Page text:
The New Urban Crisis: How Our Cities Are Increasing Inequality, Deepening Segregation, and Failing the Middle Class — and What We Can Do about It, by Richard Florida (Basic, 336 pp., $28)
Richard Florida would like to clarify something. The creative class, it turns out, is not going to save your city — or any city. Florida, the stylish urban-studies professor who launched a lucrative career as a jet-setting urban theorist with his 2002 book The Rise of the Creative Class, thinks cities have become a big problem. In fact, the most problematic cities are the ones that seem most fully to embody his optimistic ideas about the creative class. Whether Florida is willing to admit it or not, his new book is more or less a sustained rebuttal of his famous theory, which in hindsight turns out to be a recipe not for urban renewal but for rampant income inequality and other evils, including “economic segregation.”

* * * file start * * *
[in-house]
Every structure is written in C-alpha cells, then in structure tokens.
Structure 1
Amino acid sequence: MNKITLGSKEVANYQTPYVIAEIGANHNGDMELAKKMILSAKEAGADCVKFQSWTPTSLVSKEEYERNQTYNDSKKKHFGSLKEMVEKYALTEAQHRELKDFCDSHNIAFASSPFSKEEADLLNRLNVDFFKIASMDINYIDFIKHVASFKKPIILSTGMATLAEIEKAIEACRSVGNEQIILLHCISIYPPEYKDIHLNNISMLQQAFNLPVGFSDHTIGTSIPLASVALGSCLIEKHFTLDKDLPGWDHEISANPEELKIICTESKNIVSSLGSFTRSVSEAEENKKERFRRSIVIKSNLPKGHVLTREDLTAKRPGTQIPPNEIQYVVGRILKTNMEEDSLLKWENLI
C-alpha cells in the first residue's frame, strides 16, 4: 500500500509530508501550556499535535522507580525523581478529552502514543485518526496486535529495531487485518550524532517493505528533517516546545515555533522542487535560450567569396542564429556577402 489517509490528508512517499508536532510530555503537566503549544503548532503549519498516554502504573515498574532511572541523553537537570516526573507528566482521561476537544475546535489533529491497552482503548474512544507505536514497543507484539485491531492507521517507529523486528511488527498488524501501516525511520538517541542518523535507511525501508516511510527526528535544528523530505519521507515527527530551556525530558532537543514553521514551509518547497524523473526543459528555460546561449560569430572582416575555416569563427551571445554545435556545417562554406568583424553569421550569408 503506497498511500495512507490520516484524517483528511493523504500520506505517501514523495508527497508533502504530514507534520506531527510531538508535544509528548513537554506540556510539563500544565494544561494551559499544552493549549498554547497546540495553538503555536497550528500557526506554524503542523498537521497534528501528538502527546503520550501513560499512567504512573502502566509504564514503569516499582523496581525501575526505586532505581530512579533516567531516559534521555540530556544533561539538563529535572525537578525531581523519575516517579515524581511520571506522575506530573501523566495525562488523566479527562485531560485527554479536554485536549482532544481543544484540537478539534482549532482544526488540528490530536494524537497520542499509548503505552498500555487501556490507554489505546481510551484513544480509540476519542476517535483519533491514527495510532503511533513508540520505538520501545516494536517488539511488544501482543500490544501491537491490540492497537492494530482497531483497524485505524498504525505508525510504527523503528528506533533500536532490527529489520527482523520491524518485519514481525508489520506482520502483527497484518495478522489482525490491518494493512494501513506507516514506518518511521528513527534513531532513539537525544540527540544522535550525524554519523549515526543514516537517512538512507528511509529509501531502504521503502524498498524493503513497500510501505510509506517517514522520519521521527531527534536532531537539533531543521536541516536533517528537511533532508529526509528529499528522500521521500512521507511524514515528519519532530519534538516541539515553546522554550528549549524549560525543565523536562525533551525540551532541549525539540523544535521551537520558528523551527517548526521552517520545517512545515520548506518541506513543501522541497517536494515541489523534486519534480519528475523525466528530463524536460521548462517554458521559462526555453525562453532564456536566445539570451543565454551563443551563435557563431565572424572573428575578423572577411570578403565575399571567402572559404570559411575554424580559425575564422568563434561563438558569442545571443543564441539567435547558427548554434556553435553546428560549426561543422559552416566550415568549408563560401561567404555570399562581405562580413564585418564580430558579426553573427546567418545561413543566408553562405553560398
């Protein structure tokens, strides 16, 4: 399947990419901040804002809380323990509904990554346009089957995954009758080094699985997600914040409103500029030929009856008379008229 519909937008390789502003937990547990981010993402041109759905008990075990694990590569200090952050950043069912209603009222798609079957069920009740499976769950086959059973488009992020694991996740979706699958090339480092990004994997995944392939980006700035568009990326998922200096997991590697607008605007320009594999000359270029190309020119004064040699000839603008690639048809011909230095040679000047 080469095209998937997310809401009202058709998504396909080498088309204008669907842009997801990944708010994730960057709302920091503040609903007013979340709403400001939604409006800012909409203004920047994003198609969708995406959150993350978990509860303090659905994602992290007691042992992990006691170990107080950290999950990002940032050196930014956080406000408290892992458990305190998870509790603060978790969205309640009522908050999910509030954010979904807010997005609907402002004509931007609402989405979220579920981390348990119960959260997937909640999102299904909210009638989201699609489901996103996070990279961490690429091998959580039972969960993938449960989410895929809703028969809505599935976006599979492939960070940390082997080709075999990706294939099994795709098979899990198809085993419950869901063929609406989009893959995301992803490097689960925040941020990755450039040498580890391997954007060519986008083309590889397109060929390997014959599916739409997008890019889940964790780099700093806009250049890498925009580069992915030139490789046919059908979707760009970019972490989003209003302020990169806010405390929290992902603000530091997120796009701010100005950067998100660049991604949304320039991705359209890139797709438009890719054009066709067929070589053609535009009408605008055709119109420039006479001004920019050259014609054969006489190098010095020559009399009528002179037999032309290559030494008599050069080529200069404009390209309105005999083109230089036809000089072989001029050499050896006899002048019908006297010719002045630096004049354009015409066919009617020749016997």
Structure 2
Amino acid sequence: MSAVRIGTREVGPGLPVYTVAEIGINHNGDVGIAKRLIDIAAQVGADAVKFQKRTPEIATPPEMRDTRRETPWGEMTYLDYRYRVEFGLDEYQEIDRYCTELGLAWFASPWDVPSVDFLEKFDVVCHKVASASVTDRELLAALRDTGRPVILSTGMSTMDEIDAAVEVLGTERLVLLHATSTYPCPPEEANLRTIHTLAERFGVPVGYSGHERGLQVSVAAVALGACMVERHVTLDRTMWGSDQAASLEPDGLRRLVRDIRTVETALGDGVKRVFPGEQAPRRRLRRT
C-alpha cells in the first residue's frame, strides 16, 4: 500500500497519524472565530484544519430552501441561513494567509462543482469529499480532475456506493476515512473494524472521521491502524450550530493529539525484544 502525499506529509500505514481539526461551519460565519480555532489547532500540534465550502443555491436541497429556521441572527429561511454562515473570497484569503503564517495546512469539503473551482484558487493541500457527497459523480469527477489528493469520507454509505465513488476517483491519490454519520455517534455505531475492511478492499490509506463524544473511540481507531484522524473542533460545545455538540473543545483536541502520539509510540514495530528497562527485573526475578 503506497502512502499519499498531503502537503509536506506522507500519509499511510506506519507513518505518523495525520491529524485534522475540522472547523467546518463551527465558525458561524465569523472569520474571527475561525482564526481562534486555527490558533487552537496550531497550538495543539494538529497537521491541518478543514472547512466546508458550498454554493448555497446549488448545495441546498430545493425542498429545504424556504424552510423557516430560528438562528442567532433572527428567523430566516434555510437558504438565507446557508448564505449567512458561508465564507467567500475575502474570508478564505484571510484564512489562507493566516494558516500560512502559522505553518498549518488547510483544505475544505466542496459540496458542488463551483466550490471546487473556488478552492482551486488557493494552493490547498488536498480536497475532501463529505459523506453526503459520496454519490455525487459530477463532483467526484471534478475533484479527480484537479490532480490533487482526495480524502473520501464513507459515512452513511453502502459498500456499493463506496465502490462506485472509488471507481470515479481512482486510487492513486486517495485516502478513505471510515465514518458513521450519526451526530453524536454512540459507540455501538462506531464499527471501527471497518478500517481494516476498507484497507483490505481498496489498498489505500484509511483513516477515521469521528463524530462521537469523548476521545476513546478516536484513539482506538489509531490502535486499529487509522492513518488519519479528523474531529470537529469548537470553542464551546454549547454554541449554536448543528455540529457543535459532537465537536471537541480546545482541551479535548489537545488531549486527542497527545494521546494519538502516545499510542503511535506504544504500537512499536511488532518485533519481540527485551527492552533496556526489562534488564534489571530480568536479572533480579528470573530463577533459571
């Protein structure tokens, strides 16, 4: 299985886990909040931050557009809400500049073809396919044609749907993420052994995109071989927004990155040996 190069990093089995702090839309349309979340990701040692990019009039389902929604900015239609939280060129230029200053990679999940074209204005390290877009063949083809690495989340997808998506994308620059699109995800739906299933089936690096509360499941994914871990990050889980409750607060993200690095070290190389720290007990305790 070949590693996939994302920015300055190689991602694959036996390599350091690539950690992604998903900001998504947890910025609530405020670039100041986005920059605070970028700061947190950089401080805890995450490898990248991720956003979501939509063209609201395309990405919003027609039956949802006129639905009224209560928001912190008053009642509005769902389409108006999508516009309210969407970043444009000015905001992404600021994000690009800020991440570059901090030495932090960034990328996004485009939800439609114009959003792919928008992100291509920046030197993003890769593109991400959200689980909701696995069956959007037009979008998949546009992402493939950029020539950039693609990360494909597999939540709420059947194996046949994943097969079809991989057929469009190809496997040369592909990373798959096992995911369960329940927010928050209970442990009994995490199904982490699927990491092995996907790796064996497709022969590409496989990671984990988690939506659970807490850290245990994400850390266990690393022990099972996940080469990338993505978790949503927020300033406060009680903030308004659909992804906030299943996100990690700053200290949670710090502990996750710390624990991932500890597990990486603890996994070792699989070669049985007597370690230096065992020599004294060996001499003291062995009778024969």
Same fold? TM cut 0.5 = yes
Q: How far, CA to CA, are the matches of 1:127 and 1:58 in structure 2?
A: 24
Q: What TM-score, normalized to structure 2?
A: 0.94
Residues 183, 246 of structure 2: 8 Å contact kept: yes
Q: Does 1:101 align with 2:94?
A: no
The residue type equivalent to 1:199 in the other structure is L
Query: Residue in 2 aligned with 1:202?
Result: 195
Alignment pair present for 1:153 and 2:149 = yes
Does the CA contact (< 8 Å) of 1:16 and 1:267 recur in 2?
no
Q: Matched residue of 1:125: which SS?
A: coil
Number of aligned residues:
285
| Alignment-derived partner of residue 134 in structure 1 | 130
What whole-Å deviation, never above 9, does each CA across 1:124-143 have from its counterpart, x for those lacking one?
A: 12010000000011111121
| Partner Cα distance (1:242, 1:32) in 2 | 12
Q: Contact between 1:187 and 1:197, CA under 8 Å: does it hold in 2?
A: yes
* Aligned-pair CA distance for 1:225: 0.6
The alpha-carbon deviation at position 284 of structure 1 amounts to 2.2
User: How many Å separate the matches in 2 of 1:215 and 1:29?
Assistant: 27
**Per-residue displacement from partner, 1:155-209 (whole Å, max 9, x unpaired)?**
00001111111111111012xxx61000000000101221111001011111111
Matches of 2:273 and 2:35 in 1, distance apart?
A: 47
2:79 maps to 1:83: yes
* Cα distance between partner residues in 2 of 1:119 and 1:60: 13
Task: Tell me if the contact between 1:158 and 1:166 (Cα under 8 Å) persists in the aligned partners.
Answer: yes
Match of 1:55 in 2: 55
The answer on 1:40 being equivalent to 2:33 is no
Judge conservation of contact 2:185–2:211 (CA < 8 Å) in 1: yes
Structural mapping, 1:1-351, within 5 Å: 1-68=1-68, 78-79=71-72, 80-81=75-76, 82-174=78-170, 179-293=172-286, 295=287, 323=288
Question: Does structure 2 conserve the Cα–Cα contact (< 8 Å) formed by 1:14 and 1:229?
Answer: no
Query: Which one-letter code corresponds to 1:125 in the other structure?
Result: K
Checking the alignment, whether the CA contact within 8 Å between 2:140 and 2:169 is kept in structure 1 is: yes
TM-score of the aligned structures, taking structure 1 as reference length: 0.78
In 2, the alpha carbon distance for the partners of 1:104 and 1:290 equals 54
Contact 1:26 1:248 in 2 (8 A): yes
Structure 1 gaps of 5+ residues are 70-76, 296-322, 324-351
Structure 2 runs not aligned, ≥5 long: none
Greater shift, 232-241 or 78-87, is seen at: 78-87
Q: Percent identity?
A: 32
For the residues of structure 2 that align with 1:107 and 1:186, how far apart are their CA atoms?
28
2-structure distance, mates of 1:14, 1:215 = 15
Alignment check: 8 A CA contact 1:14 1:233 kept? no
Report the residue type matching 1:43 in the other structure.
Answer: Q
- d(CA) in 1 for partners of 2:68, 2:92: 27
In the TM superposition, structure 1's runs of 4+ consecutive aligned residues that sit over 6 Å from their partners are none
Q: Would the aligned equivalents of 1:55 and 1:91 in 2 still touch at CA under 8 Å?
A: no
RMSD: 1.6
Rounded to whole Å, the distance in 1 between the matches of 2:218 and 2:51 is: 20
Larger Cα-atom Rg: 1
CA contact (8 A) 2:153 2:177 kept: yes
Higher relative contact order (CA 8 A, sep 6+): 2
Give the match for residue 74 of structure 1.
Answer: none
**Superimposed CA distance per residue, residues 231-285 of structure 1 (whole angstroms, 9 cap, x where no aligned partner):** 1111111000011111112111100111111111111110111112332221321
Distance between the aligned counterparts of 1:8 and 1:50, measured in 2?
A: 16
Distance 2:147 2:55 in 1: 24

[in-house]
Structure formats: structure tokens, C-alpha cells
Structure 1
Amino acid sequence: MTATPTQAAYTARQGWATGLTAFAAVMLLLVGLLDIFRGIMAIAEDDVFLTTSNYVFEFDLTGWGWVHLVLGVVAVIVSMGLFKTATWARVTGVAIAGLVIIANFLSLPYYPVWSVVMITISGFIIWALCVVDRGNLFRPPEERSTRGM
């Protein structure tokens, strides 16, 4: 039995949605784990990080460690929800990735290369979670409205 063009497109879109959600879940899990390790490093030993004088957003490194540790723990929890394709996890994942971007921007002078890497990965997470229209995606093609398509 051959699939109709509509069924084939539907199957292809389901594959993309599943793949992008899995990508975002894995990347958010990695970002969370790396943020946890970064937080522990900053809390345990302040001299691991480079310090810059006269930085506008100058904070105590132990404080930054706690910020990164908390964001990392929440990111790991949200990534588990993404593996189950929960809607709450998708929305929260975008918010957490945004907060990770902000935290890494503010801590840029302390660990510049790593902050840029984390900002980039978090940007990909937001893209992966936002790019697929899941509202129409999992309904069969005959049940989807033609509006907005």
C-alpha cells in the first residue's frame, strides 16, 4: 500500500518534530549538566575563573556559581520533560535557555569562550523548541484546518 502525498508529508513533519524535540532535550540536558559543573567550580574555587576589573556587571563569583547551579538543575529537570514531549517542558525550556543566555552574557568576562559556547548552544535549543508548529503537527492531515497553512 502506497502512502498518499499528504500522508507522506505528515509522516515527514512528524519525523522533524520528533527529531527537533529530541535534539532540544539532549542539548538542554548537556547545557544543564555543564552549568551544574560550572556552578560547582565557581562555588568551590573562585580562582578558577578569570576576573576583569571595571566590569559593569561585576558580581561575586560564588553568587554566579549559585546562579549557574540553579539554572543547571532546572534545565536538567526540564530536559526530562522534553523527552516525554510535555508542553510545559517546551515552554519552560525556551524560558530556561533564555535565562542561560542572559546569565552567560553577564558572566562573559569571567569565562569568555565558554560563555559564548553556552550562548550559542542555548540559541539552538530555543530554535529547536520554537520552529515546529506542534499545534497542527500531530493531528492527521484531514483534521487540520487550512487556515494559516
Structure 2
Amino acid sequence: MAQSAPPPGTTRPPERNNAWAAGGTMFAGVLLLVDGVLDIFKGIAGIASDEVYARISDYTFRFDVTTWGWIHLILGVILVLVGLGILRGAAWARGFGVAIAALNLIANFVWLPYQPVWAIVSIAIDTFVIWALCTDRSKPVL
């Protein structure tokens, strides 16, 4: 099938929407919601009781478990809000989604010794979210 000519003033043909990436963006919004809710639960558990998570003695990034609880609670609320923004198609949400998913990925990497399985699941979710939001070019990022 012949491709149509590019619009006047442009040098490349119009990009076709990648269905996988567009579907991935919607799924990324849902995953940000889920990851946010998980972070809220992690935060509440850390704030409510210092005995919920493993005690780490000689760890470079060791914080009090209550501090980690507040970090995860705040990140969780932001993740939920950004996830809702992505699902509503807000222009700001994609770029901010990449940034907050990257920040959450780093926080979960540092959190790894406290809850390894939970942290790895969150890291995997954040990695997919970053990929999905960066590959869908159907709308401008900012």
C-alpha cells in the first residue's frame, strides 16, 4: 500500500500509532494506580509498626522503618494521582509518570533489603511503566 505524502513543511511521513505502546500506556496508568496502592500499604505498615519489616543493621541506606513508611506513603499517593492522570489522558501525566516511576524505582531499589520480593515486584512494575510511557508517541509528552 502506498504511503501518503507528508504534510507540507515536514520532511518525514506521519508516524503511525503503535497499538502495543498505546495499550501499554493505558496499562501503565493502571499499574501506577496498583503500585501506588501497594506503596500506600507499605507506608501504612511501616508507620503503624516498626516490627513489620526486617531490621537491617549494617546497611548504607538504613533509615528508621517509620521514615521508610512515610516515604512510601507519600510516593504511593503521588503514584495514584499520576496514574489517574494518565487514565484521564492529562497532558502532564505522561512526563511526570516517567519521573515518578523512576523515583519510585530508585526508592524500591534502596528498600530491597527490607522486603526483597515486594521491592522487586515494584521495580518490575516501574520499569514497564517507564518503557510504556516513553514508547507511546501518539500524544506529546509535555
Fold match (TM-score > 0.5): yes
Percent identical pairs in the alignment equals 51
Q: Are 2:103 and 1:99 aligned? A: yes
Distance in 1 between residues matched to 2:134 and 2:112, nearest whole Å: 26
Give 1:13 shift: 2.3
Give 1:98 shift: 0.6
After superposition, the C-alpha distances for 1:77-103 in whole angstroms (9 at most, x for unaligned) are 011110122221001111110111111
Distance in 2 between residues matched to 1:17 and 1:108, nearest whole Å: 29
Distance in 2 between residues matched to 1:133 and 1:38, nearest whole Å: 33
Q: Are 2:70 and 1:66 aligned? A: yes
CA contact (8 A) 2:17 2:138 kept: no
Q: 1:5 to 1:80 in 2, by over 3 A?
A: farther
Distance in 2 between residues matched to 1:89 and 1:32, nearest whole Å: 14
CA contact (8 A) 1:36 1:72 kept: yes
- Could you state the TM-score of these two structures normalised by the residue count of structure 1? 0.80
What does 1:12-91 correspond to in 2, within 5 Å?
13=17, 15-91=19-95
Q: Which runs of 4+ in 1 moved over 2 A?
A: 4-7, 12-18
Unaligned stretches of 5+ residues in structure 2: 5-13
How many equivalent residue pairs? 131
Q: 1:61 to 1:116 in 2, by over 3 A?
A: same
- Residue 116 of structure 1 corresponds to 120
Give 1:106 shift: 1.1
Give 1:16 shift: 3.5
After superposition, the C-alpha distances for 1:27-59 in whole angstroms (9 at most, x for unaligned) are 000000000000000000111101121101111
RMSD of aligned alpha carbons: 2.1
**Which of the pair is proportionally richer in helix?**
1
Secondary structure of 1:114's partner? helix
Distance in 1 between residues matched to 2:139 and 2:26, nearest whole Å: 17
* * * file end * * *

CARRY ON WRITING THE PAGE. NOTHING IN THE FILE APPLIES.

Florida’s conflicting theses would be laughable if they hadn’t proven so influential over the past 15 years. He popularized the idea that highly mobile young workers in growth industries — “creatives” — want above all to live someplace cool and tolerant. If cities wanted to attract those industries, they had to appeal to their tech-savvy workers, which meant they had better get with the progressive program.